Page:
Rebecca Byrne had waited years for a doctor to tell her: "You are pregnant." She never imagined that just a few months after she first heard those words, she would hear four more: "You have breast cancer."
Byrne still tears up when telling the story, but then smiles when her 20-month-old daughter, Emelia, leaps into her lap. Emelia is the happy outcome of a painful period of Byrne's life, when the joys of pending and early motherhood were shadowed by chemotherapy treatments, hair loss, radiation, and uncertainty.
It's a combination that seems too cruel to be true, but every year in the U.S., one in 3,000 women will be diagnosed with breast cancer during pregnancy. Many obstetricians and oncologists have never dealt with these dual challenges, but Dana-Farber/Brigham and Women's Cancer Center in Boston has become a leader in achieving healthy outcomes for patients and their babies.
The key is to look at each case individually, explains Ann Partridge, MD, MPH, director of Dana-Farber/Brigham and Women's Cancer Center's Program for Young Women with Breast Cancer.
The program assists women in their early 40s and younger before, during, and after cancer treatment, and works in collaboration with the reproductive endocrinology and high-risk pregnancy centers at partnering Brigham and Women's Hospital (BWH), where individuals like Byrne can consider their reproductive options.
Depending on the type of breast cancer and the stage of pregnancy at which it is diagnosed, the Dana-Farber/Brigham and Women's Cancer Center team may choose among chemotherapy regimes that can be given safely, without clear harm to the fetus or the patient.
In Byrne's case, she knew exactly when she had conceived. After years of trying to get pregnant, she and her husband, Larry, had undergone in vitro fertilization, with implantation taking place on Christmas morning in 2009.
In her first trimester, she felt a lump in her breast, but waited until her 12-week ultrasound to tell her OB-GYN. The doctor said it was "probably nothing," but suggested that Byrne have it checked at a hospital near her Framingham, Mass., home.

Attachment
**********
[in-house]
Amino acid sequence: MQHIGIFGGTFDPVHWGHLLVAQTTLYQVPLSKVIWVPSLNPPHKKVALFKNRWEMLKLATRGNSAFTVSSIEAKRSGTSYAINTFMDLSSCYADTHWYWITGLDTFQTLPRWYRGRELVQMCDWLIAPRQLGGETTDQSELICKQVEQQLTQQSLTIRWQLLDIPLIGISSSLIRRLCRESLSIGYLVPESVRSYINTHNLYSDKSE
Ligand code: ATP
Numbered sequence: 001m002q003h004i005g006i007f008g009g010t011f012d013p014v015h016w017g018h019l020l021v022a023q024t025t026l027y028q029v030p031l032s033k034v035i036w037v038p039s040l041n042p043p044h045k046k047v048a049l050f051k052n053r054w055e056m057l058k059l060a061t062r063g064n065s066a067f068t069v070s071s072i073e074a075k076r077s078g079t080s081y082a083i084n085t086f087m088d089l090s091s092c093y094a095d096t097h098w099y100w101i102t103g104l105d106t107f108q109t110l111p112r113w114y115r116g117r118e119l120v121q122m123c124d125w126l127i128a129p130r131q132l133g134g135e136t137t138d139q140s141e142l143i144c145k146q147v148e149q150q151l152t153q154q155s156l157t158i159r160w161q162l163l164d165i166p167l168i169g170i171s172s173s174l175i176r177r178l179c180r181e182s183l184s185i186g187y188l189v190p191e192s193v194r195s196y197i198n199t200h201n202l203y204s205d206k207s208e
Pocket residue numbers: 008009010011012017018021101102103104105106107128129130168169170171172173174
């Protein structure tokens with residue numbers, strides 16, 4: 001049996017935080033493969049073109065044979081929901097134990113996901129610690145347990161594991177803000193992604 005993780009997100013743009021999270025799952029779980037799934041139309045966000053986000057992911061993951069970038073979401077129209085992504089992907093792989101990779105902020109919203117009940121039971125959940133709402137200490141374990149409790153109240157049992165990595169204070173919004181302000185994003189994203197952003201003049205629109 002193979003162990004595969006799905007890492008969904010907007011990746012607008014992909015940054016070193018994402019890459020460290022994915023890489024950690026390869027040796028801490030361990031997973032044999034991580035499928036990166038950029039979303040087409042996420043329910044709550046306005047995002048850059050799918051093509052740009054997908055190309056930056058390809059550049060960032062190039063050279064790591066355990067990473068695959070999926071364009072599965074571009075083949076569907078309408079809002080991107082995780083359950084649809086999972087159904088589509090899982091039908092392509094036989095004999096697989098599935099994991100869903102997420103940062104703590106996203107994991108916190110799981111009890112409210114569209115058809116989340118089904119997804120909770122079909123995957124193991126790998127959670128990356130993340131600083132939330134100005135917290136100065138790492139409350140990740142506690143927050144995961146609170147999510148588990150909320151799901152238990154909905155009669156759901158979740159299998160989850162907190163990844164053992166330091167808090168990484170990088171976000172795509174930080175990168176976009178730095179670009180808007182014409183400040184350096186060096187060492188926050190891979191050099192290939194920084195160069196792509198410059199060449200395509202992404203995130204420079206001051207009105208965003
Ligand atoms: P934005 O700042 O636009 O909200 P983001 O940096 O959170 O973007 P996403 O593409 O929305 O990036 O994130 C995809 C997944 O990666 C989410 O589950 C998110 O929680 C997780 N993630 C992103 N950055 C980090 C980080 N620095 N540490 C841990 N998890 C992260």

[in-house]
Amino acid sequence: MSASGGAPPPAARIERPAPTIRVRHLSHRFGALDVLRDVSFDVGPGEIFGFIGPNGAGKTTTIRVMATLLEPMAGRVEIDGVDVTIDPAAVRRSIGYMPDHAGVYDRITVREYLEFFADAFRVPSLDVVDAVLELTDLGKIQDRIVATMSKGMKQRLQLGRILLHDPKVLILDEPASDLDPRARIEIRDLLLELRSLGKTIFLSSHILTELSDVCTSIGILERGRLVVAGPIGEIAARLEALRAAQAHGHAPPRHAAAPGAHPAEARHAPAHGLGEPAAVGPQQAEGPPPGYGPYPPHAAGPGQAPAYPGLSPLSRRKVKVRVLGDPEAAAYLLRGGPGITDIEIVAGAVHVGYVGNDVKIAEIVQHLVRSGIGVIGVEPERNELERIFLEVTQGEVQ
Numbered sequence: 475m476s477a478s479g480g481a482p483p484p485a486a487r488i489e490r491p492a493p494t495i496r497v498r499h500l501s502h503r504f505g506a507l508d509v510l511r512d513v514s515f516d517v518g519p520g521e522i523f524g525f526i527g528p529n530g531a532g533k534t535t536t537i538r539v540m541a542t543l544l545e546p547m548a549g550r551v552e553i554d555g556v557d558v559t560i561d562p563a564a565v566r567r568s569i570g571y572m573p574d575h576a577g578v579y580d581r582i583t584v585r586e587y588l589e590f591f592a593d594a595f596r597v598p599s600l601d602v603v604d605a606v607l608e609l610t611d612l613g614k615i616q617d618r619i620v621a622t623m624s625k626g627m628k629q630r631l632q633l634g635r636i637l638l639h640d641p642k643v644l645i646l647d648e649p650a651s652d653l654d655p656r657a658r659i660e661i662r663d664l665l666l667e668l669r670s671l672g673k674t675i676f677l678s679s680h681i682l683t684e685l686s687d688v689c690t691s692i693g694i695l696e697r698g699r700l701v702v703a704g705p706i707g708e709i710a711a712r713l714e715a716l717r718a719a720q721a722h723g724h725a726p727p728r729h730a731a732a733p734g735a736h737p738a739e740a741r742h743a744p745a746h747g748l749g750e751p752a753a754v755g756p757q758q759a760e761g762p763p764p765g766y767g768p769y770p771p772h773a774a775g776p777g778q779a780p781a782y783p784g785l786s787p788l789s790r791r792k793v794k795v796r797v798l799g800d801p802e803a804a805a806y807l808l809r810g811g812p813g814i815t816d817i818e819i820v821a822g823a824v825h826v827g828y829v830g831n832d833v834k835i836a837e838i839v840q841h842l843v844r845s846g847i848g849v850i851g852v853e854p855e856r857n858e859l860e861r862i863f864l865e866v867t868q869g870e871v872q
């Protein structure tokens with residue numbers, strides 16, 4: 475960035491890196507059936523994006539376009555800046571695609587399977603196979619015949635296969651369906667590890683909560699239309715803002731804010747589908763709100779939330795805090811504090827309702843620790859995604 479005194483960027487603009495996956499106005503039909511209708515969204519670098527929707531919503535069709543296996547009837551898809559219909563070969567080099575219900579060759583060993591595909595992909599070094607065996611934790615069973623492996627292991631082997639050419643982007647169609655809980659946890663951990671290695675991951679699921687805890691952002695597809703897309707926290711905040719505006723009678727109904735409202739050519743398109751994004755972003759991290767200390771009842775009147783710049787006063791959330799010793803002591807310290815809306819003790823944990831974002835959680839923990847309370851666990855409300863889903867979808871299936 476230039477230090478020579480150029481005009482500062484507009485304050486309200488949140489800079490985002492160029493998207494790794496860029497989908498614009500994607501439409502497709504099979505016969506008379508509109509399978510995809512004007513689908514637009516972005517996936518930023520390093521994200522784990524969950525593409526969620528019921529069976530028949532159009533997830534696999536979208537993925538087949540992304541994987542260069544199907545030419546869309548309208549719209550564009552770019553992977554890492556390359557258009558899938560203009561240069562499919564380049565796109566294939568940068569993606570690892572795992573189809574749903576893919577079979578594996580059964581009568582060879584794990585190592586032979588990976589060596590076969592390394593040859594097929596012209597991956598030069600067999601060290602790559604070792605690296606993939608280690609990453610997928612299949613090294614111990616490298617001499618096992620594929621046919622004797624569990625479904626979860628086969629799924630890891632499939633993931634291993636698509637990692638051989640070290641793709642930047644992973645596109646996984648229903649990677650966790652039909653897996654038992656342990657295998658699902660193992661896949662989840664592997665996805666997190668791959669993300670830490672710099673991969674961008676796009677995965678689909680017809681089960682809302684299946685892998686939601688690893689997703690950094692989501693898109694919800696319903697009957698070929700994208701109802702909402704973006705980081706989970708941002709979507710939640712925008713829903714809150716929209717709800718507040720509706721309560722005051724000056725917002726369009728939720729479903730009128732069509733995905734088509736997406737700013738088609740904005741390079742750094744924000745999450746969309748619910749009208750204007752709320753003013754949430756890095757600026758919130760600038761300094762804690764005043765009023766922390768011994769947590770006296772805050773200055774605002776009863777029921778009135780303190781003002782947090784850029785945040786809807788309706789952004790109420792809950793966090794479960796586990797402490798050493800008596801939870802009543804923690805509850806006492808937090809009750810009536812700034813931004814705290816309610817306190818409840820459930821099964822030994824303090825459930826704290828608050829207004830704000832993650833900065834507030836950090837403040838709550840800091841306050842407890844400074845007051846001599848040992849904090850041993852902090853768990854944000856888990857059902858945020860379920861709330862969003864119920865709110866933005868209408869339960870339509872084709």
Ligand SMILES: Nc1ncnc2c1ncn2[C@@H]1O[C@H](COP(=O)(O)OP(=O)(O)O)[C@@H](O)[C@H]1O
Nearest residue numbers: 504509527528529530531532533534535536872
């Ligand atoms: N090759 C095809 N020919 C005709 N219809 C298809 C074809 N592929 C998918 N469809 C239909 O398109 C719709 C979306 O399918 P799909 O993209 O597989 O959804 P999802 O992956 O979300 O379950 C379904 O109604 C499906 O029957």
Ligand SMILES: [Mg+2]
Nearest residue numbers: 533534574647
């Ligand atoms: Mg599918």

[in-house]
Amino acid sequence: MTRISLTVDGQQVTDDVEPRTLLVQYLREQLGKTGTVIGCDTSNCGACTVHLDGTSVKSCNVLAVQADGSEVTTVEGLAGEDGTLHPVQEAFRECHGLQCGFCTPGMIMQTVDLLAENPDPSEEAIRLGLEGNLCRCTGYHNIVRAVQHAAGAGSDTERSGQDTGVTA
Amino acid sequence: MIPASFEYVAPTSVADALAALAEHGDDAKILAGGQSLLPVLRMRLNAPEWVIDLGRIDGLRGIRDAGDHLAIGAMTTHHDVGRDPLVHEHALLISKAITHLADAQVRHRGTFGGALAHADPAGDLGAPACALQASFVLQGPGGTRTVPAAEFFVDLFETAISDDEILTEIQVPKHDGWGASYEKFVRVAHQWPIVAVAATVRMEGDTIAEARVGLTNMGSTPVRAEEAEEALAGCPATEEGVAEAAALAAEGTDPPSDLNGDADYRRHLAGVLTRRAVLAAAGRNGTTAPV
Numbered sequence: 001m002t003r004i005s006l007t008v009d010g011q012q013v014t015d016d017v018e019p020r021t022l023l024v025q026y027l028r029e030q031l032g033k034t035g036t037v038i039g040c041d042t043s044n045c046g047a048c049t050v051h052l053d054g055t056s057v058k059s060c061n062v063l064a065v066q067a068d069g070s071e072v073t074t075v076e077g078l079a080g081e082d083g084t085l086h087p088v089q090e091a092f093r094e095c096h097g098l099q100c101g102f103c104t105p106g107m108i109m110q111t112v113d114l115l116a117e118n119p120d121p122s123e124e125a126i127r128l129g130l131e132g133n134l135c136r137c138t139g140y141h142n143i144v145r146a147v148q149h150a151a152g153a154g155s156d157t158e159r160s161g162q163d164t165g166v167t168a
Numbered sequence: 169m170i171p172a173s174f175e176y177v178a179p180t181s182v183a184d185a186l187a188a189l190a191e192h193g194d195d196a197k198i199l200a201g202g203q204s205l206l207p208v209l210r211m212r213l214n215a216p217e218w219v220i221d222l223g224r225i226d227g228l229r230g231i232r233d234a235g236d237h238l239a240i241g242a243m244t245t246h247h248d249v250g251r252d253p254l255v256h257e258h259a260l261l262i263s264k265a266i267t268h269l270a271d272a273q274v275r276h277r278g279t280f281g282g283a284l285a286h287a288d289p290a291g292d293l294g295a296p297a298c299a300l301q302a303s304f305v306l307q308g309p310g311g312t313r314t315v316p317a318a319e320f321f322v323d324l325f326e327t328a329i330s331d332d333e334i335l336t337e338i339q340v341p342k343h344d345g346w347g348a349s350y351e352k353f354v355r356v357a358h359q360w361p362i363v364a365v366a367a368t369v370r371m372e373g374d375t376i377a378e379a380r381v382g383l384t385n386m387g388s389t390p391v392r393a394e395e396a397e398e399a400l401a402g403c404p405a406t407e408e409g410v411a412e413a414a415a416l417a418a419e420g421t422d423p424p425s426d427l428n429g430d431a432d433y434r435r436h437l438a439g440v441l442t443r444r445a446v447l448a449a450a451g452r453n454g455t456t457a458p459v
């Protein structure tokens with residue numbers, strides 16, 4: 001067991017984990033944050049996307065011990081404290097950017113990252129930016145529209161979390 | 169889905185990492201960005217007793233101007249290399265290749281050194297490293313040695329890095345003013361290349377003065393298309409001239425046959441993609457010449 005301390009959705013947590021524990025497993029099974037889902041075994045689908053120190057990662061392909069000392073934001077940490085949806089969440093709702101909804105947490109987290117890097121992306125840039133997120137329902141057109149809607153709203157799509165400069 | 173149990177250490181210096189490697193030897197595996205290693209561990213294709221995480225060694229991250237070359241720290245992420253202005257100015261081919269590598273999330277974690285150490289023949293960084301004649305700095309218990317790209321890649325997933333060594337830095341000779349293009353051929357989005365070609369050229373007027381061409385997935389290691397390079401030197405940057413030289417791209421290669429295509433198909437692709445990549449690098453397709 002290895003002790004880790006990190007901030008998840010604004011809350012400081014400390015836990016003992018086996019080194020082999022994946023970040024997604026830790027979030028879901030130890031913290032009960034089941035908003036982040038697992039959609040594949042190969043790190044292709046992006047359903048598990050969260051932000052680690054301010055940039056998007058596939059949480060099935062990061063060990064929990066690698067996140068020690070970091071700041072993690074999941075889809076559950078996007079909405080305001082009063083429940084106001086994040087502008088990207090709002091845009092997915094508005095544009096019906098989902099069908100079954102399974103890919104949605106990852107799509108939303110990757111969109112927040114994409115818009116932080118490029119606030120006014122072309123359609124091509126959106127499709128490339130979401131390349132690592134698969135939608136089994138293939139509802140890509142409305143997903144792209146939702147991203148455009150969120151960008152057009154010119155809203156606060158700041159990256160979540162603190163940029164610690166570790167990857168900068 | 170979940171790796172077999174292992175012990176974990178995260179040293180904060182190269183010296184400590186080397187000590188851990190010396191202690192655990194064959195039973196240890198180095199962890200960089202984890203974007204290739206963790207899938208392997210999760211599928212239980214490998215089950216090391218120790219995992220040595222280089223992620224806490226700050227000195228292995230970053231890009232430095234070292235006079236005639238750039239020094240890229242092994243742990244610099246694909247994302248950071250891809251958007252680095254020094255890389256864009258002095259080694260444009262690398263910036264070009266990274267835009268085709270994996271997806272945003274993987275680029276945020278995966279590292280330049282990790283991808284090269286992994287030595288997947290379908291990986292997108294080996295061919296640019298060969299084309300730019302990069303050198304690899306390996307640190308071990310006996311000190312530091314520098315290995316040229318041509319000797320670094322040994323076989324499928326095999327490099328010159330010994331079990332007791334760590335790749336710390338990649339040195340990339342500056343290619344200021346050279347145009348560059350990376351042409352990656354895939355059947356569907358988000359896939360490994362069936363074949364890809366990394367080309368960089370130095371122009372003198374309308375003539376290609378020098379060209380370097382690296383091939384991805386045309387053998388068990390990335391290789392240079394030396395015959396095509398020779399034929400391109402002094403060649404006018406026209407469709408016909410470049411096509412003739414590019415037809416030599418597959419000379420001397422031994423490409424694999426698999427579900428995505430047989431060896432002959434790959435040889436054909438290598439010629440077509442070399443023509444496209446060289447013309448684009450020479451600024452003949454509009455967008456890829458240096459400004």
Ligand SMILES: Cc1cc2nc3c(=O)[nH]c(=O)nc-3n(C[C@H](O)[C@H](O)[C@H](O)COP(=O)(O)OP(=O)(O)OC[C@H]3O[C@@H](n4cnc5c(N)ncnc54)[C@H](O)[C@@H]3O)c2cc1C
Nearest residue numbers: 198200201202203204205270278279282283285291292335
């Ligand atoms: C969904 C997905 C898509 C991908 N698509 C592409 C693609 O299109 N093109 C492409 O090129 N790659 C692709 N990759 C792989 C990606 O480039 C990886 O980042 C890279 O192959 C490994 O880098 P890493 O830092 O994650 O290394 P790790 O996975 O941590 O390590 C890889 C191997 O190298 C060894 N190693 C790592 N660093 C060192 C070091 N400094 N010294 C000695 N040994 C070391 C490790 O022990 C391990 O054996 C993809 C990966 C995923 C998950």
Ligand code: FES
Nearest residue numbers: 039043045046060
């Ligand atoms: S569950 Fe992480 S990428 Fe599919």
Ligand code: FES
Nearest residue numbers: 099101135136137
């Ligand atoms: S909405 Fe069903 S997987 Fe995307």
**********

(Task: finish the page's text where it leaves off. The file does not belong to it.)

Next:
At the time, Byrne says, she gave little thought to the worst-case scenario. She was only 34, had no family history of breast cancer, and didn't even know pregnant women could develop the disease. But a few days later, doctors told Byrne that she should seriously consider terminating her pregnancy and having a mastectomy.
A radiation oncologist was more emphatic, telling Byrne she needed a mastectomy and radiation right away. "I remember asking, 'So, it's my boob or my baby?'" says Byrne. "And the doctor said 'yes.' They wanted me to make a decision within a couple of days."
She and Larry are both engineers, so they attacked the problem analytically, looking online to find anything they could about chemotherapy, mastectomy, and radiation treatment during pregnancy. Byrne also considered the ultimate horror: "What if I get through the pregnancy, have a baby, and then die a month later?"
Her physicians mentioned a Dana-Farber/Brigham and Women's Cancer Center doctor who they felt had more experience and could offer other options. Soon thereafter, Byrne met with Partridge.
"The first thing Dr. Partridge told me was, 'Take a breath; you don't need to decide today, and you don't need to have surgery today,'" says Byrne, recalling her initial visit. "She had cared for other patients in my situation, and she said that terminating the pregnancy wouldn't change my cancer outcome or my treatment."
Because Byrne was in her second trimester, when the baby was more developed, Partridge said this would be the safest time during pregnancy to have both chemotherapy and any needed surgery.
Partridge also reassured Byrne that her type of breast cancer, HER2-positive invasive ductal carcinoma, was very responsive to a chemotherapy regimen that she could handle while pregnant.